Archive | April, 2012

Good News! from the National Gardening Association

30 Apr – Grant Program Notification 4/30/12 5:46 PM

April 23rd, 2012 Dear Gardening Friend & Educator,

Congratulations! Your organization was selected as one of 20 award winners from a pool of more than 800 inspiring applicants for the 2012 Jamba Juice®“It’s All About the Fruit and Veggies”$500 Grant Award administered by the National Gardening Association and funded by Jamba Juice!Your program was selected because your application illustrated a combination of clearly stated goals, organized planning for your garden, well-developed plans for incorporating health and nutrition into the curriculum, and purposeful use of your garden harvest. We are delighted to have this opportunity to support your garden education program.As an award winner, you are receiving $350 in garden supplies and a check for $150 towards the purchase of soil amendments and plantings. All checks have been drafted to the applying organization or school program.National Gardening Association appreciates the support Jamba® provides for youth garden programming. We would encourage you students to share their gratitude. We would be happy to pass along thank-you notes to the address listed below and will make sure to get them to Jamba Juice, our sponsor for these grants.2012 Jamba Juice “It’s All About the Fruit & Veggies” Grant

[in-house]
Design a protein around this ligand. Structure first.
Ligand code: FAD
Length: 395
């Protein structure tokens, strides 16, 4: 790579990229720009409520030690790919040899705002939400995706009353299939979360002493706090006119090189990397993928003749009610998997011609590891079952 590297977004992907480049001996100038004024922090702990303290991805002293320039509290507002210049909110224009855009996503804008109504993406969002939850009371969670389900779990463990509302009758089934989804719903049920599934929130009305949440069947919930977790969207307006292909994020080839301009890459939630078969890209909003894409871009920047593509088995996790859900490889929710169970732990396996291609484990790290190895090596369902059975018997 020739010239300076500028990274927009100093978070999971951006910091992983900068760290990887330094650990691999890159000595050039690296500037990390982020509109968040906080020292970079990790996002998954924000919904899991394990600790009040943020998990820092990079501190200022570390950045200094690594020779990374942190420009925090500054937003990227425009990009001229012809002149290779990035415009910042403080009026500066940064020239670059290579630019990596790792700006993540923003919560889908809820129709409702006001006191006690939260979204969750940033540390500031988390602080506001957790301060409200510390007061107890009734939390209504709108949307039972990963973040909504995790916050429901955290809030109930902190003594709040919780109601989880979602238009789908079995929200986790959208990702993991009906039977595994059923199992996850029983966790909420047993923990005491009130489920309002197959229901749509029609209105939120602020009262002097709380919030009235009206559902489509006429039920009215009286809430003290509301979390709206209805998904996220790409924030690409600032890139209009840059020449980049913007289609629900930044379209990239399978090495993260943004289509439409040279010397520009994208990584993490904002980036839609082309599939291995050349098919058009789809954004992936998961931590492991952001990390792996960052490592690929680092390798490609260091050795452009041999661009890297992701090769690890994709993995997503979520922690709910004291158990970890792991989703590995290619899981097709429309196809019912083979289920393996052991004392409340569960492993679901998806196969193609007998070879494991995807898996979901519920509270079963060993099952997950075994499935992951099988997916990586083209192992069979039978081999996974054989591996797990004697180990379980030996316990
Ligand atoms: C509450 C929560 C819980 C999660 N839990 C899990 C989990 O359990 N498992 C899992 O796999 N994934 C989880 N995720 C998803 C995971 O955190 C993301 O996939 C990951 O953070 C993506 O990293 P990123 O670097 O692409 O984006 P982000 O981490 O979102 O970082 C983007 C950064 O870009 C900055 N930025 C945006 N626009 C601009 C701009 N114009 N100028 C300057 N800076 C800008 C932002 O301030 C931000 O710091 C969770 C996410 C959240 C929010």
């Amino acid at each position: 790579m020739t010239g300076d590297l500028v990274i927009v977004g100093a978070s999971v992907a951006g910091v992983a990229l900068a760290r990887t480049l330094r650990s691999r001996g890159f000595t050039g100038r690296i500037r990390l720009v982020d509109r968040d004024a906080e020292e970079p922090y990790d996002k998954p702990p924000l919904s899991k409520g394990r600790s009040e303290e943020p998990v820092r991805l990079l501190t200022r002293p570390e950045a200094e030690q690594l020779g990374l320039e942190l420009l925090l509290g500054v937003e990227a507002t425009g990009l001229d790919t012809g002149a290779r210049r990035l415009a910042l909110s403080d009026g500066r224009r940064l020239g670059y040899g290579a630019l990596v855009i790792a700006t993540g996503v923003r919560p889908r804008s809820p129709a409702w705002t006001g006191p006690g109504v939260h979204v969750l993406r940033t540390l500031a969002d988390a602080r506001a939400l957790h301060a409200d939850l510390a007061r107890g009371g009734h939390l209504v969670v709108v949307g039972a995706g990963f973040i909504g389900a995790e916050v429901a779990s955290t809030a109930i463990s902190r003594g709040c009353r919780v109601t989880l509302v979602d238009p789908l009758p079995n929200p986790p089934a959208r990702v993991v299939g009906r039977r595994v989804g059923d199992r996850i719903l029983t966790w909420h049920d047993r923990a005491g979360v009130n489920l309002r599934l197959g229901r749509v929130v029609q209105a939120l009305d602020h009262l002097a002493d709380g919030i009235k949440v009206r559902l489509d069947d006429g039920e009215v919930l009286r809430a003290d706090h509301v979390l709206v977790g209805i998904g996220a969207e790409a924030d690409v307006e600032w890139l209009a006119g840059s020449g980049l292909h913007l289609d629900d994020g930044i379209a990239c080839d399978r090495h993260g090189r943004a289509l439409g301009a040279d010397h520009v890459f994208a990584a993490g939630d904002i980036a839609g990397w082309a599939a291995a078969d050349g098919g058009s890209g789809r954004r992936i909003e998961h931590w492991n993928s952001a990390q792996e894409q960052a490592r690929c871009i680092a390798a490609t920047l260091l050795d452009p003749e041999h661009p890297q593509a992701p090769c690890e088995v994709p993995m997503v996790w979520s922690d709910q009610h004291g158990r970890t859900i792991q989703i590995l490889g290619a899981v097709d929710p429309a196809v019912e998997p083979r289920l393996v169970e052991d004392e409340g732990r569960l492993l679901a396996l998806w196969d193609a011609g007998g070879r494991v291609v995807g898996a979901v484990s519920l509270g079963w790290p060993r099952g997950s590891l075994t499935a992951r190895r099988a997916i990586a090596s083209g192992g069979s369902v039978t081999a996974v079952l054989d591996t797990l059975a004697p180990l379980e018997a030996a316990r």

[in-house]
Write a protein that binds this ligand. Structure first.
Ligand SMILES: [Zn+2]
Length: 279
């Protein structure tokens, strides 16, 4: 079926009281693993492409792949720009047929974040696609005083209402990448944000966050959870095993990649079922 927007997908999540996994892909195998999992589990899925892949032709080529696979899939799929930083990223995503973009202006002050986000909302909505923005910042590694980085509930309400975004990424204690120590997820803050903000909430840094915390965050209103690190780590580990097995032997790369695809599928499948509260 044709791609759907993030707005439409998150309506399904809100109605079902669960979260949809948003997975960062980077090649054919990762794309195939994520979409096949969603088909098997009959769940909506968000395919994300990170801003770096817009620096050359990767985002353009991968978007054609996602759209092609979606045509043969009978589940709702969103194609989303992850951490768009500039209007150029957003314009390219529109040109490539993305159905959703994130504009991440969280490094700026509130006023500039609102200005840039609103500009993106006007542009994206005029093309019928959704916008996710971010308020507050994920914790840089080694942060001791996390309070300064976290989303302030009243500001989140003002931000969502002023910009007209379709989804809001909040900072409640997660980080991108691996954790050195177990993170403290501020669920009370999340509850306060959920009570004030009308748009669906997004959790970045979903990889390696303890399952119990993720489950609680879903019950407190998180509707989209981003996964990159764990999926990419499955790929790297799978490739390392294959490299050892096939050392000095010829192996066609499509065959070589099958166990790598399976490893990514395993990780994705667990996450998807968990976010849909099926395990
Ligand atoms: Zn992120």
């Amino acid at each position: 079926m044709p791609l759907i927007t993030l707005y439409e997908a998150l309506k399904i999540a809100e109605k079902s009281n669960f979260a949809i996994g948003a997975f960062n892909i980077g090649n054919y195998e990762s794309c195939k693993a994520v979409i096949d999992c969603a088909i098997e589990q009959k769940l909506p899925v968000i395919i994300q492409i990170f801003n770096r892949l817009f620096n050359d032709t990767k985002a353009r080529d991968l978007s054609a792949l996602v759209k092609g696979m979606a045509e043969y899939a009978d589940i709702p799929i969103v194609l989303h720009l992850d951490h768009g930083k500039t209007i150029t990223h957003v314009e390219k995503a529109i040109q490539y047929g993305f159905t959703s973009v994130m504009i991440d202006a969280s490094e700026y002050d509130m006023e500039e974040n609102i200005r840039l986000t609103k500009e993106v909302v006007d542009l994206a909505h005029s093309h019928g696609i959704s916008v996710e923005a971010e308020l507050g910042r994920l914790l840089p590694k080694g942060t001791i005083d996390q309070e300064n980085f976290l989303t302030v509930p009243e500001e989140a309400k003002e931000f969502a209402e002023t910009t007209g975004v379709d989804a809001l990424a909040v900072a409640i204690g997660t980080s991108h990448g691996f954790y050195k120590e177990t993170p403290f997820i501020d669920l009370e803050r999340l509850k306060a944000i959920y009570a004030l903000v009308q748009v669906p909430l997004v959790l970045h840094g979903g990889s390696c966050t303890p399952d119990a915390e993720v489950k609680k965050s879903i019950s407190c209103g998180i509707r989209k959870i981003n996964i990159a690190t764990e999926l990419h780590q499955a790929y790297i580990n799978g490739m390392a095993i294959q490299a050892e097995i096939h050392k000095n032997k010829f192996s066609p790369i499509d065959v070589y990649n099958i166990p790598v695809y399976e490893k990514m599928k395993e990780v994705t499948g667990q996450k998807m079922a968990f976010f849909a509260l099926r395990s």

1100 Dorset Street
South Burlington, Vermont 05403

In addition to your award, Jamba offers additional ways to earn valuable funding for your program through fundraising and their Sip to Support a Garden™ swipe card fundraising program. Visit the Jamba Juice website or contact your local Jamba Juice store and ask to speak to a General Manager.

As a winner of this year’s grant program we need to hear from you! Please and a letter of acceptance. Please note that by accepting this award we will require a follow-up report from you. All winners are asked to complete the following requirements:

  1. Complete a pre-gardening survey, instructions will be emailed to the primary contact for this program
  2. A post-gardening survey emailed to all primary contacts at the end of the summer
  3. 5-10 digital photos with parental release forms (forms are available at
  4. A one-page summary documenting the garden’s progress

If you have any questions please feel free to write care of my attention at the address or email noted below.

We look forward to hearing from you and hearing more about your program.

Happy Gardening,
Amanda Wiggins
Grants Coordinator


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National Gardening Association | 1100 Dorset Street, South Burlington, VT 05403 | (802) 863-5251 – Grant Program Notification


Cool find! Living wall indoor/outdoor planters + chalkboard paper

27 Apr

I found this Woolly Pocket planter at ModulaR on Atlantic (super cool new design store–spent way too much) and I’m thinking they might be a “tasteful” option to hang on the fence for communal herb gardens. Also like that they are self-watering, can be used indoor or out, and may last for next year…The mini ones I got cost about 19. but if we liked them I’d reach out to the manufacturers and try to get a discount (they have a school garden plan but I’m not sure we’d qualify)